Supreme Court takes dim view of suing prosecutors

After 14 years on Louisiana’s death row, John Thompson had one month to live when he received a stapled letter from his lawyers with an unusual request. They asked him to prick his finger with the staple, put drops of blood on the letter, seal it and return it the same day.

“I was cranky and disillusioned that day. I was preparing to tell my family this execution date was final,” he recalled. His appeals were over, and he was scheduled to die the day before his son graduated from high school. “But when they asked for blood, I thought they must have found something.”

They had.

Prosecutors in the New Orleans district attorney’s office had intentionally hidden a blood test that would have unraveled the criminal case against Thompson. By a stroke of luck, a young investigator scouring the crime lab files found a microfiche copy of it. Thompson’s blood type did not match. That single piece of evidence led eventually to Thompson being declared innocent of murder.


After he was freed, Thompson sued the office of now-retired Dist. Atty. Harry Connick, and a New Orleans jury awarded him $14 million. But oral arguments at the Supreme Court in the fall suggest he may not see a nickel of it. The high court has taken a dim view of suing prosecutors, and in Thompson’s case, the court’s conservatives led by Justice Samuel A. Alito Jr. questioned whether the district attorney’s office should be held responsible for the misdeeds of a few prosecutors.

Defense lawyers say a series of high court rulings shielding prosecutors from damages, including one two years ago in a Los Angeles case, have created a situation in which abuse is tolerated and the falsely accused are more likely to go to prison, or worse. The justices have barred suits against individual prosecutors even when they lie about evidence in court. And increasingly, the high court has been shielding district attorney’s offices from being sued for a pattern of wrongdoing by their prosecutors.

Researchers who have examined scores of cases of those who were freed because of DNA evidence say misconduct by prosecutors is one of the leading causes of wrongful convictions.

Defendants are supposedly protected by the 1963 ruling in Brady vs. Maryland, which told prosecutors they must reveal evidence that could free a criminal defendant.

“The problem is that Brady violations are hidden and can forever remain hidden,” said University of Virginia law professor Brandon Garrett.

“The experience of these DNA exonerees certainly suggests that Brady violations may be more pervasive than anyone would like to think,” Garrett said. “Today, there is no excuse for systems where crucial lab reports and detective interview notes simply disappear, only to be found years after a trial.”

Though crime experts point to the need for greater scrutiny of prosecutors, the high court has been erecting a stronger legal shield against suing them for wrongdoing. Prosecutors, like judges and grand jurors, are part of the “judicial process” and must be protected from harassment that could deflect them from doing their duty, the justices have ruled.

“They are closing off any meaningful remedy for the most serious misconduct,” said Pace Law School professor Bennett Gershman, who has written widely on misconduct by prosecutors. “The Thompson case is a dramatic illustration of how an innocent person was nearly executed. If the court is insensitive to that, it tells you where we are with the criminal justice system.”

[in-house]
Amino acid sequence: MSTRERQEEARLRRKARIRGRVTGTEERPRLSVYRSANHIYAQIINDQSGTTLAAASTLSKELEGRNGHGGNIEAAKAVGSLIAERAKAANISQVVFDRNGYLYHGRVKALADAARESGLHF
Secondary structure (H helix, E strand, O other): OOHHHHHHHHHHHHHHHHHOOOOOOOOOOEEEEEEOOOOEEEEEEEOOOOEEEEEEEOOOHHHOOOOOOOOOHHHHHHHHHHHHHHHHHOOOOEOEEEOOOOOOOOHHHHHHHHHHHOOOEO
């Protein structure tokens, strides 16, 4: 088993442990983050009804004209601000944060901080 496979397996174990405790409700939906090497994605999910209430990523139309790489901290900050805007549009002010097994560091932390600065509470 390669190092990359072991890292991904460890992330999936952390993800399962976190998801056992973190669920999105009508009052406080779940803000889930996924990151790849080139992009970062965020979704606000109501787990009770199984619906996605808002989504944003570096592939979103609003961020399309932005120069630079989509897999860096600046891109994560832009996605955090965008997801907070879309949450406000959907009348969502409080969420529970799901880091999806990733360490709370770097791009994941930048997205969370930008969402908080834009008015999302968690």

The New Orleans case, Connick vs. Thompson, is scheduled to be decided early this year. It is the third in three years in which the justices have taken up appeals from prosecutors who were successfully sued for sending innocent people to prison.

Two years ago, the justices shielded the Los Angeles County district attorney’s office from being sued for using jailhouse informers who repeatedly lied to juries. The ruling threw out a suit by Thomas Goldstein, who spent 24 years in prison for a murder in Long Beach he did not commit.

Last year, the court heard the case of two Iowa prosecutors who were sued for framing two black teenagers for the murder of a security guard even though witnesses had pointed to a suspect who was white. In asking for the claim to be tossed out, the Iowa prosecutors asserted “there is no freestanding constitutional right not to be framed.” A settlement was reached before the justices could issue a ruling.

The police, like other public officials, can be sued if they knowingly violate a person’s constitutional rights, the court has said. By contrast, prosecutors, like judges, were given a total immunity from suits even if they deliberately violated the law. Otherwise, “harassment from unfounded litigation” could deflect from doing their duty, the court said.


Thompson has attracted support from Paul D. Clement, U.S. solicitor general in the George W. Bush administration, who filed a friend-of-the-court brief supported by former Justice Department officials.

“Prosecutorial immunity is the 600-pound gorilla in all these cases,” said Clement in an interview. “Step back and ask yourself the question: Which of these people should know better? The prosecutor or the police officer?”

Yet under the high court’s rules, the prosecutor who commits “intentional wrongdoing” is shielded, but not the police officer, he said.